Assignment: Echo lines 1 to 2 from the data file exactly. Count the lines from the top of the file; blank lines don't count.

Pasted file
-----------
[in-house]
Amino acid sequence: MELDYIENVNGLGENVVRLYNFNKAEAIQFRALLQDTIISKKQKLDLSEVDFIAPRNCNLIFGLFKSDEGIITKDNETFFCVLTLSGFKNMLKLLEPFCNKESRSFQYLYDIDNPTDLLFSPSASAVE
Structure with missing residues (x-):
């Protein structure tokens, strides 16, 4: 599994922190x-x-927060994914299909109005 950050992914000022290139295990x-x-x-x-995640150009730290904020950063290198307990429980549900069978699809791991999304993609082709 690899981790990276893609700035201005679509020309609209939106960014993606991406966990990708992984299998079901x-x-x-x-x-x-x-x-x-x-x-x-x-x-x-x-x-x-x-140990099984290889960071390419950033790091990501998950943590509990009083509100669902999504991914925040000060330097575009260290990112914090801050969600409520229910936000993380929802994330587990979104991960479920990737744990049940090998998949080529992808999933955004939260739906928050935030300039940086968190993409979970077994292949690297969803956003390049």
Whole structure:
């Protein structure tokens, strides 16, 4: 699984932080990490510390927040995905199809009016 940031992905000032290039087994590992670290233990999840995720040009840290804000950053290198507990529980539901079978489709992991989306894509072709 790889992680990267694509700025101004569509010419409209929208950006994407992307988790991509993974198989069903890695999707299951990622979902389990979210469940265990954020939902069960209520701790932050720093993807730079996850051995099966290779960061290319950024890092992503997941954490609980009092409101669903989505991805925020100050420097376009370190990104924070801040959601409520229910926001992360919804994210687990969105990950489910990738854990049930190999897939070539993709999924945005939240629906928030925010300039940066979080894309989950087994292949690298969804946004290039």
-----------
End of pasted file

[in-house]
Amino acid sequence: MELDYIENVNGLGENVVRLYNFNKAEAIQFRALLQDTIISKKQKLDLSEVDFIAPRNCNLIFGLFKSDEGIITKDNETFFCVLTLSGFKNMLKLLEPFCNKESRSFQYLYDIDNPTDLLFSPSASAVE